A federal judge ruled on October 13, 2020, that the Department of Homeland Security’s (DHS) decision to suspend the eligibility of New York residents to enroll or re-enroll in the Trusted Traveler Programs (TTPs) operated by U.S. Customs and Border Protection (CBP) (the TTP decision) was unlawful. The judge also formally vacated the TTP decision to ensure that it will not be reinstated. The TTP decision resulted in the wrongful exclusion of more than 800,000 New Yorkers from TTPs, such as Global Entry.

As background, in June 2019, New York enacted the “Green Light Law” authorizing the New York State Department of Motor Vehicles to issue driver’s licenses to residents without reference to immigration status. The law also prohibited disclosure of and access to DMV records by federal immigration officials absent a court order. In response, DHS implemented the TTP decision to exclude New York residents from TTPs. New York later amended its law to permit sharing of New York DMV records as necessary for individuals seeking to enroll in TTPs. However, the judge said the case was not moot due to lingering effects and that vacating the order was needed so it could not be reinstated. Judge Jesse M. Furman also said that the exclusion of New York was arbitrary and capricious and that government officials had made things worse “by repeating their misleading, if not false, representations, in some instances under oath.”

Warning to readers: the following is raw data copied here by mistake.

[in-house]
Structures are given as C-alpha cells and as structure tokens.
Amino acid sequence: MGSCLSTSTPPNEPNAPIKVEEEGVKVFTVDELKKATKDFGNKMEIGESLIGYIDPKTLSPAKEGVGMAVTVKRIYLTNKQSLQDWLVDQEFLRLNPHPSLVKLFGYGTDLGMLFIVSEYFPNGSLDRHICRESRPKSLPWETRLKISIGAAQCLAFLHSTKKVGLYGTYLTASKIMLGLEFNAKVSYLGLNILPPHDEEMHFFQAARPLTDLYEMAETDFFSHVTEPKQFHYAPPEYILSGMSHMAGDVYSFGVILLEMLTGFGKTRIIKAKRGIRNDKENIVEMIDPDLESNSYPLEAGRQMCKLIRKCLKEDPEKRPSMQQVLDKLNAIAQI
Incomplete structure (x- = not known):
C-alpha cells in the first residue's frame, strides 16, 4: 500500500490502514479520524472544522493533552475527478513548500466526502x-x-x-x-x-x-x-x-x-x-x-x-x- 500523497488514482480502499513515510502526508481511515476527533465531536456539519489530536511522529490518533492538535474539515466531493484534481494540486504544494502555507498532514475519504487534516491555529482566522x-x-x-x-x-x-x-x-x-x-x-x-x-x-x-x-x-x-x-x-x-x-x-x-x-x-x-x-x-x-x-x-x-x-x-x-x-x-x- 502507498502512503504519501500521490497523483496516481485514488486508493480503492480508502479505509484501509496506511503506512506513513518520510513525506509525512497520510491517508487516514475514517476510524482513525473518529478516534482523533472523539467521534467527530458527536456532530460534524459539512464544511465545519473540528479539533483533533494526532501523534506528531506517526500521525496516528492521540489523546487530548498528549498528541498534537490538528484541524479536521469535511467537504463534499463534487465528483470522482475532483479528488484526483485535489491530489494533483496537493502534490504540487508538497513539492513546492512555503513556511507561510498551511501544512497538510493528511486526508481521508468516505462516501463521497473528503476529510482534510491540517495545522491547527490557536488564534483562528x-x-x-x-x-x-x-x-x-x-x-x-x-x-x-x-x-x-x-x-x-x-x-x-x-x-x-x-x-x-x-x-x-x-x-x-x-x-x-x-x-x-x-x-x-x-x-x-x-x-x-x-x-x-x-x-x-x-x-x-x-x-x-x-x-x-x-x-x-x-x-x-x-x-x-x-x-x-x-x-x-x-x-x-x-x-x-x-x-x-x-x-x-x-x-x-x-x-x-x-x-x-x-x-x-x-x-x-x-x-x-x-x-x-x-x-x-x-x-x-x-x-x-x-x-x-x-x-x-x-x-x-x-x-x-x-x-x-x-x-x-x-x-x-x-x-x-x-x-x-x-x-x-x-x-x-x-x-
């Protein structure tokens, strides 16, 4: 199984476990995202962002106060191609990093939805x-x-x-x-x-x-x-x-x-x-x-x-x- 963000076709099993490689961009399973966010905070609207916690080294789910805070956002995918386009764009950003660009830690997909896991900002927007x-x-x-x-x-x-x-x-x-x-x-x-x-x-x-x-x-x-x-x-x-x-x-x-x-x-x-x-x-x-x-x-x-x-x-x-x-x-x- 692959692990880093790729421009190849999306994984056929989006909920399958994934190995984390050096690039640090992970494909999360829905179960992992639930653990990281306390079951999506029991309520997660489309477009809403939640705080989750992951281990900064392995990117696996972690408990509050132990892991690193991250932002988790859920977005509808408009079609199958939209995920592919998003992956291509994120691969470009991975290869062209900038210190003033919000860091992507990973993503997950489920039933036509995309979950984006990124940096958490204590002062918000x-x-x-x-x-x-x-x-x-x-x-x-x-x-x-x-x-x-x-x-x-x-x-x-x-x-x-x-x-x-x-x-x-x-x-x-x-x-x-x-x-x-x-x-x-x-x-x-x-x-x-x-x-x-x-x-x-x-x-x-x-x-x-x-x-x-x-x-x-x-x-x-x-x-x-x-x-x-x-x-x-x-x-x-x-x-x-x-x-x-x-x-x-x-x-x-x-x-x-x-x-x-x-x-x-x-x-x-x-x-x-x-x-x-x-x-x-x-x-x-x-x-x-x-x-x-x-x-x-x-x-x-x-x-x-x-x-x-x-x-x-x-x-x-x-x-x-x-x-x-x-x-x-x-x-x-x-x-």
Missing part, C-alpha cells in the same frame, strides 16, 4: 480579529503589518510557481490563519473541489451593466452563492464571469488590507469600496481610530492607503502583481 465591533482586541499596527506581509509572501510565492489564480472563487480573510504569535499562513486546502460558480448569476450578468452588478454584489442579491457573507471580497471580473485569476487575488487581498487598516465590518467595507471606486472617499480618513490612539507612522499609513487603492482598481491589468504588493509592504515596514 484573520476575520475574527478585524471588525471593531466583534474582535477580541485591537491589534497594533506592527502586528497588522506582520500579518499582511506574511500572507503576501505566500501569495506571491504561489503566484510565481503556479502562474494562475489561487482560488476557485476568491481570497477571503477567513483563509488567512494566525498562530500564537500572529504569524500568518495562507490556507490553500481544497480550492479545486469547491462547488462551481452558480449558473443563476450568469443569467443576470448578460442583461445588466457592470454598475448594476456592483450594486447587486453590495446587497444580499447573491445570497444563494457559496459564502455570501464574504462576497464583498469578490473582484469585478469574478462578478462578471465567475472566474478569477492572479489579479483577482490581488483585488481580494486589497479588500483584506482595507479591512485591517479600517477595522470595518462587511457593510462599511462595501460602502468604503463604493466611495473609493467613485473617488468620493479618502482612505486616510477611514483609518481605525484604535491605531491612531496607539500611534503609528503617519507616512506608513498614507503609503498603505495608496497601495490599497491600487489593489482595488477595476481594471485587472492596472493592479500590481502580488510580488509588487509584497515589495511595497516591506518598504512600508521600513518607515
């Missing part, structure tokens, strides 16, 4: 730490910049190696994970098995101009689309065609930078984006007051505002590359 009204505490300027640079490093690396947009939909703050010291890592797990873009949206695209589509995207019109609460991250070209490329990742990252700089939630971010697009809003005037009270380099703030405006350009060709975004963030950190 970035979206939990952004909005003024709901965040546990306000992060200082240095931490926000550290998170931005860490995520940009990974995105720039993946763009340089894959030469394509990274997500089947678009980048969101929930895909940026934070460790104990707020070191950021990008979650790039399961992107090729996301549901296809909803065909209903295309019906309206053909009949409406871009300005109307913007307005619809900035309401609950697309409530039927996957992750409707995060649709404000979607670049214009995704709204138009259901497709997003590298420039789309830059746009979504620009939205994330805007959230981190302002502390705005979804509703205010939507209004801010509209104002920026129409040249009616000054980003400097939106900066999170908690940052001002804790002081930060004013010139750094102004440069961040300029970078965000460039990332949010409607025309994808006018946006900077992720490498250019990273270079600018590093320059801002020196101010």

New York Governor Andrew Cuomo said the state will seek civil damages from DHS. Among other things, Gov. Cuomo noted that congestion at airports while the coronavirus was spreading from Europe increased as a result. A spokesperson for Gov. Cuomo said the judge’s conclusion “confirms what we already knew: a radicalized Department of Homeland Security tried to extract economic pain on New Yorkers in the name of politics and then lied to the American people about it.”

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